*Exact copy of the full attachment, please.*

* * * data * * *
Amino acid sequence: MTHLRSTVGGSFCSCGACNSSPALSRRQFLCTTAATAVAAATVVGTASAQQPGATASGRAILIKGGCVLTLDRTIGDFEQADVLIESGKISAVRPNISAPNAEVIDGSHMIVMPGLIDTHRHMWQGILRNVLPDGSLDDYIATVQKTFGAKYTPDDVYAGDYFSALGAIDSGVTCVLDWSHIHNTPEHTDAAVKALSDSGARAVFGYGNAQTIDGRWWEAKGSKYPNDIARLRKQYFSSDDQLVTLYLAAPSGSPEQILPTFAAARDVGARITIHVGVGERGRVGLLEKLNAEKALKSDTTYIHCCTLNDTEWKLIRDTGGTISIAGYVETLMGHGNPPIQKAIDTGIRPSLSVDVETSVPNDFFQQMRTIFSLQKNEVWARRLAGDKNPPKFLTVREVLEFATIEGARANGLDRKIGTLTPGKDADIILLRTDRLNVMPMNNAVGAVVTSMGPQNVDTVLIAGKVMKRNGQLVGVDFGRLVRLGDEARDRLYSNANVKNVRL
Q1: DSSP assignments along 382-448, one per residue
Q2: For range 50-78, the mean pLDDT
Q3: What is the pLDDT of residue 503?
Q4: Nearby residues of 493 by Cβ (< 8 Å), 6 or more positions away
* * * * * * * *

Amino acid sequence: MTHLRSTVGGSFCSCGACNSSPALSRRQFLCTTAATAVAAATVVGTASAQQPGATASGRAILIKGGCVLTLDRTIGDFEQADVLIESGKISAVRPNISAPNAEVIDGSHMIVMPGLIDTHRHMWQGILRNVLPDGSLDDYIATVQKTFGAKYTPDDVYAGDYFSALGAIDSGVTCVLDWSHIHNTPEHTDAAVKALSDSGARAVFGYGNAQTIDGRWWEAKGSKYPNDIARLRKQYFSSDDQLVTLYLAAPSGSPEQILPTFAAARDVGARITIHVGVGERGRVGLLEKLNAEKALKSDTTYIHCCTLNDTEWKLIRDTGGTISIAGYVETLMGHGNPPIQKAIDTGIRPSLSVDVETSVPNDFFQQMRTIFSLQKNEVWARRLAGDKNPPKFLTVREVLEFATIEGARANGLDRKIGTLTPGKDADIILLRTDRLNVMPMNNAVGAVVTSMGPQNVDTVLIAGKVMKRNGQLVGVDFGRLVRLGDEARDRLYSNANVKNVRL
Q1: DSSP assignments along 382-448, one per residue
Q2: For range 50-78, the mean pLDDT
Q3: What is the pLDDT of residue 503?
Q4: Nearby residues of 493 by Cβ (< 8 Å), 6 or more positions away